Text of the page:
Edgar Title Bout: Steve Hamilton vs. Laura Lippman

Steve Hamilton’s no newcomer.  He’s the author of the Alex McKnight series of mysteries sent in Michigan’s upper peninsula, and his debut novel, A Cold Day in Paradise, won the Edgar for the Best First Novel by an American Author.  I discovered it in a used book store and eagerly snapped up subsequent books.   And it’s great to see his new book – possibly a standalone, but perhaps the first in a new series? – nominated for Best Novel.

Like Laura Lippman’s I’d Know You Anywhere, Steve Hamilton’s The Lock Artist features a protagonist scarred by previous events.   It also criss-crosses through time.  The novel opens with a framing device – 28-year-old Michael Smith is in prison, reflecting on his life.  He says:

So hang on, because this is my story if you’re ready for it.  I was the Miracle Boy, once upon a time.  Later on, the Milford Mute.  The Golden Boy.  The Young Ghost.  The Kid.  The Boxman.  The Lock Artist.  That was all me.  But you can call me Mike.

The book’s in first person, and an engaging person it is.  Michael Smith was shaped by tragedy – at the age of 8, he was the only survivor of a brutal crime. And he hasn’t spoken since.  Raised by his Uncle Lito (of Lito’s Liquors), Mike shows an uncanny early aptitude for opening locked doors.   Through an improbable series of events, Mike ends up taking the rap for teenage vandalism all on his own, forced to “make restitution” to the victim, a guy who tries to pay off his debt to the mob by introducing them to Mike, leading to Mike’s apprenticeship to The Ghost (a long-time “boxman,” safecracker, due for retirement), a box full of pagers that go off when his skills are needed, and involvement with a group of grifters.  All by the age of 18.  And, oh yeah, he’s in love.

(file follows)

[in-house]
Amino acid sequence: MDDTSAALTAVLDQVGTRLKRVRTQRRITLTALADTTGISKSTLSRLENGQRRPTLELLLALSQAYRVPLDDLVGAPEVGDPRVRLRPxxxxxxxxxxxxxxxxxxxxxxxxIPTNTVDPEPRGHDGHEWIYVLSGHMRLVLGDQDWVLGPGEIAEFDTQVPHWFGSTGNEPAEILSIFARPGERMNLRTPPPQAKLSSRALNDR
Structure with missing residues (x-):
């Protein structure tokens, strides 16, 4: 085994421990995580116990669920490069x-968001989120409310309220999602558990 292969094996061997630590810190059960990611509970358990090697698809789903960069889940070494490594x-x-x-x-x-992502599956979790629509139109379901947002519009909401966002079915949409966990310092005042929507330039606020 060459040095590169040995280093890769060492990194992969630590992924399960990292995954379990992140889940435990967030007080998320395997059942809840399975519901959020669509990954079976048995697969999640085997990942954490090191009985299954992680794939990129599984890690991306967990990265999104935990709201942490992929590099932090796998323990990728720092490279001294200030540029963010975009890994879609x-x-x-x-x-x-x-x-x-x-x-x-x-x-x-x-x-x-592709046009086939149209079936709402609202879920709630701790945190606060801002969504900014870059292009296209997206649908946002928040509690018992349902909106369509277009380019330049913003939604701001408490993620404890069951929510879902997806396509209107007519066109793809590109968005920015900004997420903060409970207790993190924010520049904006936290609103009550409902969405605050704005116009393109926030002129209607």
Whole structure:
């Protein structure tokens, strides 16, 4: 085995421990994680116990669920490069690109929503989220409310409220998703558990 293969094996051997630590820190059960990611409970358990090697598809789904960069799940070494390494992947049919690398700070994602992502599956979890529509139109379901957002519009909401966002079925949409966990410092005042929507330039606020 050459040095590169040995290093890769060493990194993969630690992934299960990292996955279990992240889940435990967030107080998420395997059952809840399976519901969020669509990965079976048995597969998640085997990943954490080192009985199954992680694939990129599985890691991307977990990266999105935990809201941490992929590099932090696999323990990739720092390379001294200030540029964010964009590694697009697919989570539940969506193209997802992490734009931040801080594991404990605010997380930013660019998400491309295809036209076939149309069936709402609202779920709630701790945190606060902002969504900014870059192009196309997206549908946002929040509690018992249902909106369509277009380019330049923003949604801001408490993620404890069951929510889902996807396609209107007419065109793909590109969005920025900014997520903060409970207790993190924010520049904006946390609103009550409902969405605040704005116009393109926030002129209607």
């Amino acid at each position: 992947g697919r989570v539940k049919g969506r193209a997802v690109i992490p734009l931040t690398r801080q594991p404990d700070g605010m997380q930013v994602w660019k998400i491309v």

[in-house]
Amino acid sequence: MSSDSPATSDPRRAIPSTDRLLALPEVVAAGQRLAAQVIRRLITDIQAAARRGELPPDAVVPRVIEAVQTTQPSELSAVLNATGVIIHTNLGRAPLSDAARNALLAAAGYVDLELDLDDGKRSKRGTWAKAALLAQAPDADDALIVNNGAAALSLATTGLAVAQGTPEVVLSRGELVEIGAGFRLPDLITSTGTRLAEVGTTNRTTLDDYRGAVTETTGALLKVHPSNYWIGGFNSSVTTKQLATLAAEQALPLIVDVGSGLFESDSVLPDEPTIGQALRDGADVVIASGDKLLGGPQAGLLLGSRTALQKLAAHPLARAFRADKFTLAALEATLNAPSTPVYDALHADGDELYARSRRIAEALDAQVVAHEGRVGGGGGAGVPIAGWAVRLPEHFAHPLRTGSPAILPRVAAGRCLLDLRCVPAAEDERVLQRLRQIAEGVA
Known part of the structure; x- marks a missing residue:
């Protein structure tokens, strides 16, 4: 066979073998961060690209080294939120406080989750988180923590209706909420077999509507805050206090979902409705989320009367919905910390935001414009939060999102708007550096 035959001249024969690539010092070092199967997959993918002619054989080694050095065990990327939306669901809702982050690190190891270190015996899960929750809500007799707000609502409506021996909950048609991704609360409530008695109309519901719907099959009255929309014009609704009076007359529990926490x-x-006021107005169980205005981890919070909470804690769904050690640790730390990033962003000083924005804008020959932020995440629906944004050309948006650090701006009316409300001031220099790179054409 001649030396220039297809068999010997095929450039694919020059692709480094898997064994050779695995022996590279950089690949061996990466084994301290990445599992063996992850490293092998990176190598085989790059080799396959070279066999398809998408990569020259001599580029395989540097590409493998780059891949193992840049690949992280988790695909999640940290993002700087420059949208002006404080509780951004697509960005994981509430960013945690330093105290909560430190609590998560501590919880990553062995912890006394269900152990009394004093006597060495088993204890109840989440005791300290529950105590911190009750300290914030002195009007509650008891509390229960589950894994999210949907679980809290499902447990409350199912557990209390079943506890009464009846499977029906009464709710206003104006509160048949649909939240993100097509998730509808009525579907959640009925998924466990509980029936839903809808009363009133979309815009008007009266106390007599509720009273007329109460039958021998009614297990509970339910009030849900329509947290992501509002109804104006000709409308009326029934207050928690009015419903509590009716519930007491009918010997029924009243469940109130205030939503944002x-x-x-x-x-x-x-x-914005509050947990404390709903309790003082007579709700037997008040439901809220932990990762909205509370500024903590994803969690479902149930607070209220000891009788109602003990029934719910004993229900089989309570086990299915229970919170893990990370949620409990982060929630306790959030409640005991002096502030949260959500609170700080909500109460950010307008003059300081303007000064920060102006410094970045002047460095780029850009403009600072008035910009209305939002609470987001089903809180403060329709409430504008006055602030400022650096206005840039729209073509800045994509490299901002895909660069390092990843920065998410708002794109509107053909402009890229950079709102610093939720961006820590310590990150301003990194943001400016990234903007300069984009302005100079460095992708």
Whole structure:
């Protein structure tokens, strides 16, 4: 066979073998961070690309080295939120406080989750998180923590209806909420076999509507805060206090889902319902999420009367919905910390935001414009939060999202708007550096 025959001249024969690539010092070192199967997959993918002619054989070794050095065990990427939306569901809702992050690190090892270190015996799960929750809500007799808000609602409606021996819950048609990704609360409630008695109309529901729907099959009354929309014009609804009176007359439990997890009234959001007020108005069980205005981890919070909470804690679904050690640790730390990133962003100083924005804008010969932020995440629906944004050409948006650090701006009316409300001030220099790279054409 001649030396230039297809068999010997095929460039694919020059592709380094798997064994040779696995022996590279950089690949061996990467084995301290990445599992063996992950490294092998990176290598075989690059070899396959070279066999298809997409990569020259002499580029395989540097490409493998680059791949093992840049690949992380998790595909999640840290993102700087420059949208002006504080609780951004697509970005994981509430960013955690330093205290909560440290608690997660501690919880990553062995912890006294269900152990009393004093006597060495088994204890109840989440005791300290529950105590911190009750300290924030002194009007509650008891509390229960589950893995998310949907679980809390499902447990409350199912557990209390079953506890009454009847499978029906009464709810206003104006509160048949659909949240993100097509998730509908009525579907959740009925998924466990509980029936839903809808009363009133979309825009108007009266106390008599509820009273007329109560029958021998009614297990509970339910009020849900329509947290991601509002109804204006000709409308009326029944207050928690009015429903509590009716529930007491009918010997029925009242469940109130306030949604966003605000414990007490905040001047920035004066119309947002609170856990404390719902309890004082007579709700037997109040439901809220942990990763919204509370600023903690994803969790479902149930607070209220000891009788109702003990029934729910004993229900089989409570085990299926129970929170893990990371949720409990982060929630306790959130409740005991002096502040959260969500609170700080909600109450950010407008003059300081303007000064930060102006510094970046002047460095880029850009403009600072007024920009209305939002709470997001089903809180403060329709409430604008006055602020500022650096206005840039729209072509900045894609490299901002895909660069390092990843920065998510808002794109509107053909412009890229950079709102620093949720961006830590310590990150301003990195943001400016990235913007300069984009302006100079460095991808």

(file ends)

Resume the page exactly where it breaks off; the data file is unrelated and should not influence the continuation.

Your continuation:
Excellent things about this novel:   The first-person voice is engaging, truly.  Mike Smith is totally believable, and you care about him.  The plot is fast-moving.  The Ghost is interesting.  Plus, I am convinced that Steve Hamilton can personally open any lock you put in front of him.  That’s how much he knows about locks. He makes me feel guilty about how much I fudge my research.

Weaknesses:  The plot is, as noted above, improbable.  Hamilton keeps you buying it as you go along, but it doesn’t hold up as well on reflection.  And the whole cadre of con artists were not well-developed, believable characters.

Overall:  This’ll be a great movie.

Ranking:  No contest.  The Lock Artist is a fun read, but it ranks below I’d Know You Anywhere on the Lunchbox Edgar Rating Meter.

  1. I’d Know You Anywhere – Laura Lippman
  2. The Lock Artist – Steve Hamilton
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